A fire and explosion at a plastics factory in Bangkok initially injured 21 people on July 5. Despite firefighters’ efforts to extinguish the blaze, it was rekindled on July 6, causing a second explosion that killed one firefighter and injured 18 others.
The incident occurred at a factory belonging to Ming Dih Chemical, a producer of plastic foam and pellets, in Bangkok’s Bang Phli district. The factory is located just a couple of miles from Bangkok’s Suvarnabhumi Airport.
A five-kilometer evacuation order was issued shortly after the explosion that occurred in the early hours of the morning. The evacuation order reportedly affected about 80,000 local residents. Concerns were raised after the fire and explosion caused a large plume of dark and potentially dangerous smoke to rise into the sky. Emergency services were also concerned after the fire began spreading to other nearby factories that also stockpiled chemicals.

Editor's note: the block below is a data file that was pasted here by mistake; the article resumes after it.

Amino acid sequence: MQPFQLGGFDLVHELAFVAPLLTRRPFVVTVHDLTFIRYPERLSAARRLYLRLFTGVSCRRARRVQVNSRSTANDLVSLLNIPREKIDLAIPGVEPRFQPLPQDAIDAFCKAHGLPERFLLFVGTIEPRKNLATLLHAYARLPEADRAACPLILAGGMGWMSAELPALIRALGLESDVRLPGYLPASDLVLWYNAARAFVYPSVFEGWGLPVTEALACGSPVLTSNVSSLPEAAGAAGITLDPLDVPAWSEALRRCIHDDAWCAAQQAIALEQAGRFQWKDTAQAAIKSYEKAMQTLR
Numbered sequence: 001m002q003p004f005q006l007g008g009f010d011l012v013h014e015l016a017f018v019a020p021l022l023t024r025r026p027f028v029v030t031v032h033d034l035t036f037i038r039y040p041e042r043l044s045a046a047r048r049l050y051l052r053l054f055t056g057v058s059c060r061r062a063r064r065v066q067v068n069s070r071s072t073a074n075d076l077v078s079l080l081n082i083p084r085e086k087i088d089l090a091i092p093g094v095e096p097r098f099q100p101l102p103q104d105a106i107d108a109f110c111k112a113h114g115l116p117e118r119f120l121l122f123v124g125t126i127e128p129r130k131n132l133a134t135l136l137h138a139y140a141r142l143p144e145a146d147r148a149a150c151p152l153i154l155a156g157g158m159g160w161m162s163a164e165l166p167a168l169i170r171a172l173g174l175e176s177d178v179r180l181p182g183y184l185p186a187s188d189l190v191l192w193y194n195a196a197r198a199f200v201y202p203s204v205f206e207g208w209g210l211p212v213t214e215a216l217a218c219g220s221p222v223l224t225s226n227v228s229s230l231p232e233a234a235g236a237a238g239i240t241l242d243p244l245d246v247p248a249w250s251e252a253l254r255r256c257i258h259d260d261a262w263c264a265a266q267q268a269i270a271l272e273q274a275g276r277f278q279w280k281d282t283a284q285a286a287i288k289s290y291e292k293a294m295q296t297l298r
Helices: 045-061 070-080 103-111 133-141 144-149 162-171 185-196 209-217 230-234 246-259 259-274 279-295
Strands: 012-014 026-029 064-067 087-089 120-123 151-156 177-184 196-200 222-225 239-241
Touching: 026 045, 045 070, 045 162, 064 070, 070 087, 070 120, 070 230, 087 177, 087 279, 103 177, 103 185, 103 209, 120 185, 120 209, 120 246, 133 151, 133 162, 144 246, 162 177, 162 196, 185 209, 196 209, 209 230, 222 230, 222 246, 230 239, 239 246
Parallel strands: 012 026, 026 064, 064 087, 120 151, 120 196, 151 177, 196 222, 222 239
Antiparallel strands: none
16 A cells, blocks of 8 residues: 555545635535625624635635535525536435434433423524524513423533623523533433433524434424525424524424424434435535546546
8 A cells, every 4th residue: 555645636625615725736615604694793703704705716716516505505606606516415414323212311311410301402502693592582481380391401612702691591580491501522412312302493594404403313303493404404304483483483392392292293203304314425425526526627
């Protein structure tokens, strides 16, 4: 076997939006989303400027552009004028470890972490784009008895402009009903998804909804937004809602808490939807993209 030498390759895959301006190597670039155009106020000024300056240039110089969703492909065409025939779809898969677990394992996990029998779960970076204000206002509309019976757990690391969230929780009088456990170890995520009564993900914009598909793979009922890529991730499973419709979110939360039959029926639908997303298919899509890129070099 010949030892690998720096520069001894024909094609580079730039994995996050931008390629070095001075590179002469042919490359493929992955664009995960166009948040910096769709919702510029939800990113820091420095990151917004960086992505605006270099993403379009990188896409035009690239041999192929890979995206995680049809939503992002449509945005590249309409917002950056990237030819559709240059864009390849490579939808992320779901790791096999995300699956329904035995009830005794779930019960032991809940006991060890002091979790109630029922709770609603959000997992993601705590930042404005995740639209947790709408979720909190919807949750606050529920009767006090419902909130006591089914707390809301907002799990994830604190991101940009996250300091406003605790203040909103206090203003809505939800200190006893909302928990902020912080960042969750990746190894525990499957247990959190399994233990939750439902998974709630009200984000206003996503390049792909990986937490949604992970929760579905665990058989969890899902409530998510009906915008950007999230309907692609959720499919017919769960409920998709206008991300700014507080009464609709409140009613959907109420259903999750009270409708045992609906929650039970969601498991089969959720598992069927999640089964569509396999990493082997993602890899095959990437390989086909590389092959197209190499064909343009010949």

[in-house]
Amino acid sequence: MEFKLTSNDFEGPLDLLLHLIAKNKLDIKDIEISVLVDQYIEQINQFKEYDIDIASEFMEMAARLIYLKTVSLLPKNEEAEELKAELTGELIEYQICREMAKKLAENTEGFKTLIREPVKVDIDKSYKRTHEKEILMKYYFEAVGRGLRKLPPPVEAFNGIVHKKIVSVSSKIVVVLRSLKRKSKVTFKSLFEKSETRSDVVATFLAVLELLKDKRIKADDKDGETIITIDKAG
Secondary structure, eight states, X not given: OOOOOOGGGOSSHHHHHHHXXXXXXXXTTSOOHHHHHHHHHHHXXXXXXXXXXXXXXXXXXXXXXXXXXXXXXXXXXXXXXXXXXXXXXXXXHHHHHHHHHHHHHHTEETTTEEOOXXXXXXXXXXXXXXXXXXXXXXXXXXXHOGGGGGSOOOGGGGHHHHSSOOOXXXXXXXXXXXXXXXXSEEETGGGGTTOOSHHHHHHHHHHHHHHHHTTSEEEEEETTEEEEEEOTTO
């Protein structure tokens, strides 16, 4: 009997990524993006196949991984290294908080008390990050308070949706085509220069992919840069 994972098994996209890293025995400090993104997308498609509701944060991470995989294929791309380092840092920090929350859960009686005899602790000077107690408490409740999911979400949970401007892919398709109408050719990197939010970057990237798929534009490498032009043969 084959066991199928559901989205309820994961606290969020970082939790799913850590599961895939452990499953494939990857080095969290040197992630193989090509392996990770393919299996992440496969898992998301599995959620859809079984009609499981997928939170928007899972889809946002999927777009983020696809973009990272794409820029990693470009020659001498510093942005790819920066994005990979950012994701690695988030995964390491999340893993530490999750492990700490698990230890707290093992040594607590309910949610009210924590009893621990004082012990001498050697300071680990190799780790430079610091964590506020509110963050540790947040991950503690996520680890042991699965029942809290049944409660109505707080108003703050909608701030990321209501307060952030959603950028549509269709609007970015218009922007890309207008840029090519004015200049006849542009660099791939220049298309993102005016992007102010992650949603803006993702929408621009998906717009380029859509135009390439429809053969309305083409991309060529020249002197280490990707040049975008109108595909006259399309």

According to the Bangkok Post, Ming Dih Chemical’s factory housed around 50 tons of chemicals at the time of the incident. The fire, which was first reported around 02:50 local time, engulfed the entire factory and even damaged other buildings located a mile from the site. Black smoke from the site spread from the factory and could be seen from Bangkok airport. However, flights were not affected.
More than 30 fire trucks boarded the blaze with the help of military helicopters. It was said to be extinct at dawn. However, a day later, on July 6, the fire ignited again and caused another explosion. A firefighter was killed at the scene and the explosion injured 18 others.
Local officials monitored air quality in the area surrounding the factory for the two days and said it was considered safe despite the resurgence of the fire and the second explosion. Officials also analyzed the waters of local canals, which also proved safe. Locals were told to avoid drinking tap water as a precaution.
After the second fire was extinguished, officials tested the air quality at the site again and said the level of volatile organic compounds (VOCs) was high but harmless.
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